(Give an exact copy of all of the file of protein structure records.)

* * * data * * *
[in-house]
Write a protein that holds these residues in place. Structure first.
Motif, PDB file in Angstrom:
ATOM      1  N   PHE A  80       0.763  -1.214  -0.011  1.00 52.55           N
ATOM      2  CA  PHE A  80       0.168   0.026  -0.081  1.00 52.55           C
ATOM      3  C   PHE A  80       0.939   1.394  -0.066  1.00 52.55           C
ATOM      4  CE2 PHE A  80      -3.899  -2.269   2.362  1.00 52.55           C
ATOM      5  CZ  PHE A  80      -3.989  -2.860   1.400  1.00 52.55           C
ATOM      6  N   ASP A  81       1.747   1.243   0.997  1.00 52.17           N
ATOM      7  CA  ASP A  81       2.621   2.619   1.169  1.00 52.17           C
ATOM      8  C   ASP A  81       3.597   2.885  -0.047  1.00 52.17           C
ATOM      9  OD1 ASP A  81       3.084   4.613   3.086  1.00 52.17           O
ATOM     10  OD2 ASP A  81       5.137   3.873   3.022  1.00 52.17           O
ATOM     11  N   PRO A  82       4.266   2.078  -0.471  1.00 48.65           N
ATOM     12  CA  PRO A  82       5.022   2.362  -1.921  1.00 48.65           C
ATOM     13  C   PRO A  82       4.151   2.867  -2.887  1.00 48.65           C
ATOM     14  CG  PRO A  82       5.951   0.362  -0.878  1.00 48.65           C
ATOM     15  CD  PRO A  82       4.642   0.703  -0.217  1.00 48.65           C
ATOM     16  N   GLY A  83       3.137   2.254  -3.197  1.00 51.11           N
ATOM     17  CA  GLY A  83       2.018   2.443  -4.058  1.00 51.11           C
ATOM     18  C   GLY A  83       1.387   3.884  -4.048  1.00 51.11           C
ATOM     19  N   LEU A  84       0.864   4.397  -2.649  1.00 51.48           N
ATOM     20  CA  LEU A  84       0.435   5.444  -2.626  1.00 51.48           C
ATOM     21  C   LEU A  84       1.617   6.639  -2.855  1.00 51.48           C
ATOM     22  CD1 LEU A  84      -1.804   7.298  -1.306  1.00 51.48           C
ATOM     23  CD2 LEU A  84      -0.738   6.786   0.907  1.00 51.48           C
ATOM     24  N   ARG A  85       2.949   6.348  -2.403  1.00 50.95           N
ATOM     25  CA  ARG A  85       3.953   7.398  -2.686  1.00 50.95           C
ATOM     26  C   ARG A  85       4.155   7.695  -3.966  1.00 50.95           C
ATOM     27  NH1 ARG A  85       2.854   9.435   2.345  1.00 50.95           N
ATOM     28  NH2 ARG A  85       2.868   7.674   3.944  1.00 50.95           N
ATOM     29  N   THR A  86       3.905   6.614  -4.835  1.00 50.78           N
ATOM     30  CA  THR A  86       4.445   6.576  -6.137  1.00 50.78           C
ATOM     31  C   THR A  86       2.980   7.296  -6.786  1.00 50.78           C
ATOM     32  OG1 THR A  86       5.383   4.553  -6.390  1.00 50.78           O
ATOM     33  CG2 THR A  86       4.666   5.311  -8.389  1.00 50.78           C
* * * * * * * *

[in-house]
Write a protein that holds these residues in place. Structure first.
Motif, PDB file in Angstrom:
ATOM      1  N   PHE A  80       0.763  -1.214  -0.011  1.00 52.55           N
ATOM      2  CA  PHE A  80       0.168   0.026  -0.081  1.00 52.55           C
ATOM      3  C   PHE A  80       0.939   1.394  -0.066  1.00 52.55           C
ATOM      4  CE2 PHE A  80      -3.899  -2.269   2.362  1.00 52.55           C
ATOM      5  CZ  PHE A  80      -3.989  -2.860   1.400  1.00 52.55           C
ATOM      6  N   ASP A  81       1.747   1.243   0.997  1.00 52.17           N
ATOM      7  CA  ASP A  81       2.621   2.619   1.169  1.00 52.17           C
ATOM      8  C   ASP A  81       3.597   2.885  -0.047  1.00 52.17           C
ATOM      9  OD1 ASP A  81       3.084   4.613   3.086  1.00 52.17           O
ATOM     10  OD2 ASP A  81       5.137   3.873   3.022  1.00 52.17           O
ATOM     11  N   PRO A  82       4.266   2.078  -0.471  1.00 48.65           N
ATOM     12  CA  PRO A  82       5.022   2.362  -1.921  1.00 48.65           C
ATOM     13  C   PRO A  82       4.151   2.867  -2.887  1.00 48.65           C
ATOM     14  CG  PRO A  82       5.951   0.362  -0.878  1.00 48.65           C
ATOM     15  CD  PRO A  82       4.642   0.703  -0.217  1.00 48.65           C
ATOM     16  N   GLY A  83       3.137   2.254  -3.197  1.00 51.11           N
ATOM     17  CA  GLY A  83       2.018   2.443  -4.058  1.00 51.11           C
ATOM     18  C   GLY A  83       1.387   3.884  -4.048  1.00 51.11           C
ATOM     19  N   LEU A  84       0.864   4.397  -2.649  1.00 51.48           N
ATOM     20  CA  LEU A  84       0.435   5.444  -2.626  1.00 51.48           C
ATOM     21  C   LEU A  84       1.617   6.639  -2.855  1.00 51.48           C
ATOM     22  CD1 LEU A  84      -1.804   7.298  -1.306  1.00 51.48           C
ATOM     23  CD2 LEU A  84      -0.738   6.786   0.907  1.00 51.48           C
ATOM     24  N   ARG A  85       2.949   6.348  -2.403  1.00 50.95           N
ATOM     25  CA  ARG A  85       3.953   7.398  -2.686  1.00 50.95           C
ATOM     26  C   ARG A  85       4.155   7.695  -3.966  1.00 50.95           C
ATOM     27  NH1 ARG A  85       2.854   9.435   2.345  1.00 50.95           N
ATOM     28  NH2 ARG A  85       2.868   7.674   3.944  1.00 50.95           N
ATOM     29  N   THR A  86       3.905   6.614  -4.835  1.00 50.78           N
ATOM     30  CA  THR A  86       4.445   6.576  -6.137  1.00 50.78           C
ATOM     31  C   THR A  86       2.980   7.296  -6.786  1.00 50.78           C
ATOM     32  OG1 THR A  86       5.383   4.553  -6.390  1.00 50.78           O
ATOM     33  CG2 THR A  86       4.666   5.311  -8.389  1.00 50.78           C